Epilepsy in Dogs

By 21 November 2017Blog

Imagine suddenly seeing your dog collapse, lose consciousness and bladder control and tremble on the floor in front of you. Seizures are scary. They usually only last for a few minutes but it feels like an eternity.

This is what happened to Misty, a very friendly, two year old border collie.

Her owners brought her to the Holland Park clinic about 10 minutes after the seizure and she was still under stress with an elevated temperature and an increase in her heart and breathing rate. Misty stabilised over the next 15 minutes and her physical exam findings came back to normal.

Misty’s seizure episode involved collapse, loss of consciousness, body trembling and loss of bladder control. It lasted perhaps a couple of minutes. Seizures can occur for a variety of reasons including central nervous system disease or trauma, metabolic disorders, poisoning and epilepsy.

Given Misty’s age and breed the most likely diagnosis is epilepsy. It can be inherited in the border collie and seizures usually start between 6 months and 3 years of age. Misty had a blood test for full biochemistry assessment and complete blood cell count to check for underlying disease and to ensure if treatment with any anti-seizure medication is required she has good organ function to tolerate it. Misty‚Äôs blood results showed no abnormalities and she could commence medication if needed. To completely rule out the other causes further testing can be arranged via referral to a specialist centre for a brain scan or CSF analysis. This would be strongly recommended if she was much older.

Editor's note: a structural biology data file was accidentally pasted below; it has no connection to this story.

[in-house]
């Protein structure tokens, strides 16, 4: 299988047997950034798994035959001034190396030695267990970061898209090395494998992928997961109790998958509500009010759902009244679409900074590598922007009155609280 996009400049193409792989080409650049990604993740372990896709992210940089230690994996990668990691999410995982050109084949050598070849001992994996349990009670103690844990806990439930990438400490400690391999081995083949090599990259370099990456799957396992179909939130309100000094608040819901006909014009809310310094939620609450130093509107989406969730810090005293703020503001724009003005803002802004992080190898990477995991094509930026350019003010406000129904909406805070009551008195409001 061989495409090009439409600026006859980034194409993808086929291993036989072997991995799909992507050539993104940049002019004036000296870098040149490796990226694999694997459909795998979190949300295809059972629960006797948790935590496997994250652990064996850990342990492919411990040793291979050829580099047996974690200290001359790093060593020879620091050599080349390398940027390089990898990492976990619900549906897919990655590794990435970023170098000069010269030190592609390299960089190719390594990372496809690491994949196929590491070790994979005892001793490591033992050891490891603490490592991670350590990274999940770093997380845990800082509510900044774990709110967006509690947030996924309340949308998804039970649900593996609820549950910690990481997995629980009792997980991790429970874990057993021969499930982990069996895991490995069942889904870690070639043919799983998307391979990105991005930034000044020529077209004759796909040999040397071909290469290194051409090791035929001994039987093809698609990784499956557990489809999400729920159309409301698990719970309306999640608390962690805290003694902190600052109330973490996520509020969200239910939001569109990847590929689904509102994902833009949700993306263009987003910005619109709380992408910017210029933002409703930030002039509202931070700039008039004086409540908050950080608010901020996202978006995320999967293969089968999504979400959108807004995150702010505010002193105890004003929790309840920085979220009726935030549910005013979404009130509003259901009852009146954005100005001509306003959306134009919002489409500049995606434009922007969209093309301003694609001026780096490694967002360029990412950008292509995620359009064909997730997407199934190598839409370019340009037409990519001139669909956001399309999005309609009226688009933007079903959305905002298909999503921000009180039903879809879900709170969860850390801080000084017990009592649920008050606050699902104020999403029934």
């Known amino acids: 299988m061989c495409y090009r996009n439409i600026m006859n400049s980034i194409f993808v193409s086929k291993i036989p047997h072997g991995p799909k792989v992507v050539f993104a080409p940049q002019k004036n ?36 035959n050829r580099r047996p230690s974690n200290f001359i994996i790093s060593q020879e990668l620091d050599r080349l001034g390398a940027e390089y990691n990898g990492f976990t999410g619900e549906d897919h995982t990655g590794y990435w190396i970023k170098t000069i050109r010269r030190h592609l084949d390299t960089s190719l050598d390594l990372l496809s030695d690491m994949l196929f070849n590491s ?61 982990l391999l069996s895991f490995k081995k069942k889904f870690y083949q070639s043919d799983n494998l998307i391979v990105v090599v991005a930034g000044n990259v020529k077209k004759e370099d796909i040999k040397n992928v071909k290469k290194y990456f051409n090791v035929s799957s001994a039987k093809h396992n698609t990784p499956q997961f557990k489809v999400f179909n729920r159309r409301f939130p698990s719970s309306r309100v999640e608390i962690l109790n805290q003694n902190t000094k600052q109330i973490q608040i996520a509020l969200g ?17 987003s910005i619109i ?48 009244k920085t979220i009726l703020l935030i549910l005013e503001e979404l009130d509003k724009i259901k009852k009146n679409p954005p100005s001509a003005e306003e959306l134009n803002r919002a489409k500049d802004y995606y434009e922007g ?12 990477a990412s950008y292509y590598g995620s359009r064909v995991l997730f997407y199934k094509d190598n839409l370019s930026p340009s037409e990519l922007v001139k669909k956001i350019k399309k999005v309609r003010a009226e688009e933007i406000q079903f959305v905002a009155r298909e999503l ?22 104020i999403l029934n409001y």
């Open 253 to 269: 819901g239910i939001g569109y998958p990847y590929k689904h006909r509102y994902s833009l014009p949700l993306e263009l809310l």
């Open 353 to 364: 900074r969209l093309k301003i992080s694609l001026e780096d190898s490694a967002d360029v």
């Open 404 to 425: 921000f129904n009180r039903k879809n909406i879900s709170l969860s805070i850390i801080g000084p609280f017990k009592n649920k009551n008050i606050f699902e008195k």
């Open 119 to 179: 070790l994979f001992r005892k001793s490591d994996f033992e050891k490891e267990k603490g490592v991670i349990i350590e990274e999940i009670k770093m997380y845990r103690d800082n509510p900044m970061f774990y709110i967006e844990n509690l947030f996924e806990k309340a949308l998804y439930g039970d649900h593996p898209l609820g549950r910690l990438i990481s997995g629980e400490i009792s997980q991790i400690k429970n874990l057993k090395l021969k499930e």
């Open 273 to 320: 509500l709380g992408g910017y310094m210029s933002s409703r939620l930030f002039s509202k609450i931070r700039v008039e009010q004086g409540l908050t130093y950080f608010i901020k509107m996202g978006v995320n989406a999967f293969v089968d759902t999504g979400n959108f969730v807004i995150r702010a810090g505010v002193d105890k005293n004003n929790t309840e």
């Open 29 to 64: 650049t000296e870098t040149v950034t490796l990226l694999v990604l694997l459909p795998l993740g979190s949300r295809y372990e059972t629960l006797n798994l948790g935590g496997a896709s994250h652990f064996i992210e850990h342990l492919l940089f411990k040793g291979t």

Medication for epileptic seizures is generally commenced if the episodes are becoming more frequent or increasing in severity. Since the initial visit Misty has had more seizures and we have commenced her on phenobarbitone. We will now monitor her regarding the frequency and severity of future seizures and we made need to adjust her medication. Misty’s owners are also monitoring her closely and will document any further activity. Unfortunately, treatment for canine epilepsy will often not provide complete remission of seizures but will provide a good result and a happier lifestyle for both pet and carer.

If you wish to learn more about epilepsy or other conditions which affect our pets please see the Pet Health Library link on our website and search seizures or epilepsy.

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